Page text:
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Can We Change Racial Bias?

In the four years since this piece was originally published, issues around race and systemic racism in the United States have only become more pressing. The list of names of Black victims of police violence has grown steadily. Now, in the summer of 2020, following the murder of George Floyd and so many others, daily protests and uprisings persist across the country in the name of racial justice. The roots of this nation with regard to the enslavement of Black people, and genocide and displacement of Indigenous peoples, are being reckoned with once again—and for many Whites, perhaps for the first time in a serious way. It feels like we’re approaching a tipping point in consciousness, as an increasing number of people across races and identities work toward the promise of an America that “never has been yet.”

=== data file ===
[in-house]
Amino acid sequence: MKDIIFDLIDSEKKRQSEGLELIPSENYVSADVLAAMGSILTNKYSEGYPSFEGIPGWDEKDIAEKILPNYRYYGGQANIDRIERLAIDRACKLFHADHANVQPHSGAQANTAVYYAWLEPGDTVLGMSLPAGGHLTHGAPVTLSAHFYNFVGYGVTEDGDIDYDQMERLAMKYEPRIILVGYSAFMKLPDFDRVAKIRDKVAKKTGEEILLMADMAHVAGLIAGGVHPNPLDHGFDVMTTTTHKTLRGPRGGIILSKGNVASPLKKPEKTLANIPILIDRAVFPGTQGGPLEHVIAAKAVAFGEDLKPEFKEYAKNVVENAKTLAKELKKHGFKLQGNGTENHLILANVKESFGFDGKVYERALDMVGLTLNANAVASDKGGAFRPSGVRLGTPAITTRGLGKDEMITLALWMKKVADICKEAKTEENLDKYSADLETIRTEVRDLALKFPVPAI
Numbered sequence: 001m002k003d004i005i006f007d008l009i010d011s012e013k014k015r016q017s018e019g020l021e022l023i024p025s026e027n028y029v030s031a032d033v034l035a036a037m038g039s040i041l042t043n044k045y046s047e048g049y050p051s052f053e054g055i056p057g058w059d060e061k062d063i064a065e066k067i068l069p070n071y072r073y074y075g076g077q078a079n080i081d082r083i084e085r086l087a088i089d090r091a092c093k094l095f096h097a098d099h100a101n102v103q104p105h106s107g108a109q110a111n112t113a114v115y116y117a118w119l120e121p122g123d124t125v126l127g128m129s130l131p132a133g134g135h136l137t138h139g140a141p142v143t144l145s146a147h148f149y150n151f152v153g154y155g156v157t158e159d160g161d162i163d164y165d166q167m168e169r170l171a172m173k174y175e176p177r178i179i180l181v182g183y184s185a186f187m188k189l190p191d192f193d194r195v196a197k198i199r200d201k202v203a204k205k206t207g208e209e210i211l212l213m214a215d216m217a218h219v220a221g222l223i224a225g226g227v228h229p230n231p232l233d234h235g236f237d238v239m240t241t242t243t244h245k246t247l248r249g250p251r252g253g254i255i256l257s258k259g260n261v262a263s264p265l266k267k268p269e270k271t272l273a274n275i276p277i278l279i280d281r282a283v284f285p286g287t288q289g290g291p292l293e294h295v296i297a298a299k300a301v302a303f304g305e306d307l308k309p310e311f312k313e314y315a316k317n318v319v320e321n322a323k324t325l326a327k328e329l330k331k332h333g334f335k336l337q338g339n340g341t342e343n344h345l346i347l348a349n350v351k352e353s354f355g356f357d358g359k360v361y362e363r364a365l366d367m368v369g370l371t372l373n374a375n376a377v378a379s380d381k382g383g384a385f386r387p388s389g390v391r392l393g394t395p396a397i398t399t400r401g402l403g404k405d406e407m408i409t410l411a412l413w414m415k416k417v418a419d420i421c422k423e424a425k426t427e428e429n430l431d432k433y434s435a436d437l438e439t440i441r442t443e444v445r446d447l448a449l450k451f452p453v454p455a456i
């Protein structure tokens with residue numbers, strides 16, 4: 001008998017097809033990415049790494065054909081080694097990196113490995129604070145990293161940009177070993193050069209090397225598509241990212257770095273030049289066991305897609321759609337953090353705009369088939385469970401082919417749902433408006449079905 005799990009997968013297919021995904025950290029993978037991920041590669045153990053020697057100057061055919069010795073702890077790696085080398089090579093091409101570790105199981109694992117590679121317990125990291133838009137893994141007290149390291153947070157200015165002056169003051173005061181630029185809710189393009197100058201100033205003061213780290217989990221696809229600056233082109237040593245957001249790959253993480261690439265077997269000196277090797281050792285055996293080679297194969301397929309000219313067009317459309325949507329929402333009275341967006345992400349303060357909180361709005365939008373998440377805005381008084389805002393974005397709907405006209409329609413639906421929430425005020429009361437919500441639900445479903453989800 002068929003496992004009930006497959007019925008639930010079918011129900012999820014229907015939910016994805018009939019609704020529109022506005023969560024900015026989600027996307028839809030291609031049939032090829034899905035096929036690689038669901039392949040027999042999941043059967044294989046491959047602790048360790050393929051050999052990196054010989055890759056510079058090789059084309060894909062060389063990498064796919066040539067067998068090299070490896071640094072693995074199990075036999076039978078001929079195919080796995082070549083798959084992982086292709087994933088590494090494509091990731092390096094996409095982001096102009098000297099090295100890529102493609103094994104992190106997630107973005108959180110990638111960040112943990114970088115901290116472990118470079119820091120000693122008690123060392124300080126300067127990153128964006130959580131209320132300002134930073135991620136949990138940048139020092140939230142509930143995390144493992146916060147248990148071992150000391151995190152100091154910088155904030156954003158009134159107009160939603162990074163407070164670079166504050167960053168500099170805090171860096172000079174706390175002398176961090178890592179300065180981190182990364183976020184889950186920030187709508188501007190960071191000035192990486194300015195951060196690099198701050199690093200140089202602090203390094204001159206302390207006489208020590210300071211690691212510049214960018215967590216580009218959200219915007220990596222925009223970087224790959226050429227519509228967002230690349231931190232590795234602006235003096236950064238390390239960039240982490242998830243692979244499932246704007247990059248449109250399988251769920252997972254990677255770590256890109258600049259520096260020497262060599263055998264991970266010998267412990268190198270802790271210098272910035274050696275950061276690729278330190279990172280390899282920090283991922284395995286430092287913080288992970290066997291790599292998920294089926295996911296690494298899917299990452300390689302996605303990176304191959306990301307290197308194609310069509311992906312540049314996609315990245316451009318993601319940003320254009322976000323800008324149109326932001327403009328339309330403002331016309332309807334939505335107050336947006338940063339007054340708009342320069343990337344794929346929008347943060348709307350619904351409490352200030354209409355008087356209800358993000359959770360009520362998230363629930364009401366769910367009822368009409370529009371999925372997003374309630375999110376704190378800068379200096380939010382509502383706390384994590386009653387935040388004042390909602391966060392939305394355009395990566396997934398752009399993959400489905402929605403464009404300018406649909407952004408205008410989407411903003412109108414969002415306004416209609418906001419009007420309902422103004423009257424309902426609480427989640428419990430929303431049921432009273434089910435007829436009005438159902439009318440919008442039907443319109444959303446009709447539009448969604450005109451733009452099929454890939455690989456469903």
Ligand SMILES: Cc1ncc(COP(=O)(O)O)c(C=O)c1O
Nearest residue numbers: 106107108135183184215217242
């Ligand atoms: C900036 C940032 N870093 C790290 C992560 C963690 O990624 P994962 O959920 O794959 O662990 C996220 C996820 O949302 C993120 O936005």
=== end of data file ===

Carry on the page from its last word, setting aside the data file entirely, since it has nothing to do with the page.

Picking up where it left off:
The role of implicit bias, as explored in this piece, is still a key construct to understand when it comes to race. This is part of a deeper understanding of how our minds work, and how they can both contribute to—and help solve—critical societal problems. The possibility for contemplative practices to reduce our automatic associations and biases has continued to be studied, with promising results beyond what was cited in the original piece (for a few examples, see these findings on how loving-kindness training persistently reduced implicit bias and how mindfulness training reduced automatic responding).